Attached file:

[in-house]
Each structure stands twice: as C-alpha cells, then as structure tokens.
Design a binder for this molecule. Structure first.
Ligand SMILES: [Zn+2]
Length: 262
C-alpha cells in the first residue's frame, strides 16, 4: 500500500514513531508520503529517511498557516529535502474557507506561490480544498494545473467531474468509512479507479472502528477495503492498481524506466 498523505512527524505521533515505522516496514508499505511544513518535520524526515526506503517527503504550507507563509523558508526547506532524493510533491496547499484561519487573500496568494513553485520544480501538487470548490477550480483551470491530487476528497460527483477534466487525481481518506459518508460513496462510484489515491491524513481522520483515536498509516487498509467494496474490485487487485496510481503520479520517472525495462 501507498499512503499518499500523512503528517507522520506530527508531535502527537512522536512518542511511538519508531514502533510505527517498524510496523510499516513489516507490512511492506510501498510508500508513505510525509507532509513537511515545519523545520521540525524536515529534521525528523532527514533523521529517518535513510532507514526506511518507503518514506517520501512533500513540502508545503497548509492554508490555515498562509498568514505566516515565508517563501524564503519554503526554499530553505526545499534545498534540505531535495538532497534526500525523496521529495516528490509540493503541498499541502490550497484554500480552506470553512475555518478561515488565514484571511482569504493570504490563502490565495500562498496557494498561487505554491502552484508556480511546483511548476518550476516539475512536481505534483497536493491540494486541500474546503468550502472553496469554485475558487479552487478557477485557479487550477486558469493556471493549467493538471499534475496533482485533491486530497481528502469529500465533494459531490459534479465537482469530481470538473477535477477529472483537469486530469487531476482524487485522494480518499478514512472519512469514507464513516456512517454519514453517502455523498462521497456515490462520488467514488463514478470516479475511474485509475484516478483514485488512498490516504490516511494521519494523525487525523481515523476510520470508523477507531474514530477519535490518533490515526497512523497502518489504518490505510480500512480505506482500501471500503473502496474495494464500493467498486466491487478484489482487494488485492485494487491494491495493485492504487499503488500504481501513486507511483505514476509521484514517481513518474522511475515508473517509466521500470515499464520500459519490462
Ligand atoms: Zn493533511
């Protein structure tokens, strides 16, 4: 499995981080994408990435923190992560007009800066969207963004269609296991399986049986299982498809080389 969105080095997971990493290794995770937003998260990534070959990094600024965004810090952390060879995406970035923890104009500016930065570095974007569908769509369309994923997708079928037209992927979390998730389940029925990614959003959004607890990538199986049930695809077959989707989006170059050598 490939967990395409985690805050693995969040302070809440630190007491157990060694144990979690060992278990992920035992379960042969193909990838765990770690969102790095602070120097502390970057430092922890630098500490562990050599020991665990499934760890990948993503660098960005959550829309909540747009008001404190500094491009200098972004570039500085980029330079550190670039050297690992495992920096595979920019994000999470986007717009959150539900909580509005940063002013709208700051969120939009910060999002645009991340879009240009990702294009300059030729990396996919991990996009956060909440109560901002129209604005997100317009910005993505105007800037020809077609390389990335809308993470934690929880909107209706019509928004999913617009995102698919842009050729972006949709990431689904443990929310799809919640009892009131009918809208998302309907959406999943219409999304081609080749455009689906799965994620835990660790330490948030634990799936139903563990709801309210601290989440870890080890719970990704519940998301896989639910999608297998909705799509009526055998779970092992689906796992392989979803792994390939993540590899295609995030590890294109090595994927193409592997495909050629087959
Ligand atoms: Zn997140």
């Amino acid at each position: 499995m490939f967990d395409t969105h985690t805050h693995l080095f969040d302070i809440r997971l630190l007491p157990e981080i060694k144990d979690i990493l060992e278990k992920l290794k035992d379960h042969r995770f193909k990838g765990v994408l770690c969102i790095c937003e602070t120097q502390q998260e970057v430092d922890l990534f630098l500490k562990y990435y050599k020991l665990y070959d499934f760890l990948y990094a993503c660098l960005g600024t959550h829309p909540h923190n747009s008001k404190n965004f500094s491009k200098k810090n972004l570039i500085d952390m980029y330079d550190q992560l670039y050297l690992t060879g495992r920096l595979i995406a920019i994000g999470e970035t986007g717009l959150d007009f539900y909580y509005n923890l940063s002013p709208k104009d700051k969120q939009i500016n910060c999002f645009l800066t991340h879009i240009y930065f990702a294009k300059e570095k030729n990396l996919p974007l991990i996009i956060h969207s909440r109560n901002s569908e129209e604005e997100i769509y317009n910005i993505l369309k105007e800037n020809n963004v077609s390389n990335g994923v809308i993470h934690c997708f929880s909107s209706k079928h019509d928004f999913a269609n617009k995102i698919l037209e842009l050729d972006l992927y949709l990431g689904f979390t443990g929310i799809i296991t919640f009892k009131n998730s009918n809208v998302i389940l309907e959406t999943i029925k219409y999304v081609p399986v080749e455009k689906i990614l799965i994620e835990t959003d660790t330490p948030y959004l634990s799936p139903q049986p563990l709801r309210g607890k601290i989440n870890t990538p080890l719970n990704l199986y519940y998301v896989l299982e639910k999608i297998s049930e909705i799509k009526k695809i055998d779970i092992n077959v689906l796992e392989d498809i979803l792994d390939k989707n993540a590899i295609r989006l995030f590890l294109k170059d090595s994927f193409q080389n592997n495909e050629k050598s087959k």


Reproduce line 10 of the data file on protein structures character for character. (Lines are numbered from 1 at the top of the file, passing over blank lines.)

């Amino acid at each position: 499995m490939f967990d395409t969105h985690t805050h693995l080095f969040d302070i809440r997971l630190l007491p157990e981080i060694k144990d979690i990493l060992e278990k992920l290794k035992d379960h042969r995770f193909k990838g765990v994408l770690c969102i790095c937003e602070t120097q502390q998260e970057v430092d922890l990534f630098l500490k562990y990435y050599k020991l665990y070959d499934f760890l990948y990094a993503c660098l960005g600024t959550h829309p909540h923190n747009s008001k404190n965004f500094s491009k200098k810090n972004l570039i500085d952390m980029y330079d550190q992560l670039y050297l690992t060879g495992r920096l595979i995406a920019i994000g999470e970035t986007g717009l959150d007009f539900y909580y509005n923890l940063s002013p709208k104009d700051k969120q939009i500016n910060c999002f645009l800066t991340h879009i240009y930065f990702a294009k300059e570095k030729n990396l996919p974007l991990i996009i956060h969207s909440r109560n901002s569908e129209e604005e997100i769509y317009n910005i993505l369309k105007e800037n020809n963004v077609s390389n990335g994923v809308i993470h934690c997708f929880s909107s209706k079928h019509d928004f999913a269609n617009k995102i698919l037209e842009l050729d972006l992927y949709l990431g689904f979390t443990g929310i799809i296991t919640f009892k009131n998730s009918n809208v998302i389940l309907e959406t999943i029925k219409y999304v081609p399986v080749e455009k689906i990614l799965i994620e835990t959003d660790t330490p948030y959004l634990s799936p139903q049986p563990l709801r309210g607890k601290i989440n870890t990538p080890l719970n990704l199986y519940y998301v896989l299982e639910k999608i297998s049930e909705i799509k009526k695809i055998d779970i092992n077959v689906l796992e392989d498809i979803l792994d390939k989707n993540a590899i295609r989006l995030f590890l294109k170059d090595s994927f193409q080389n592997n495909e050629k050598s087959k």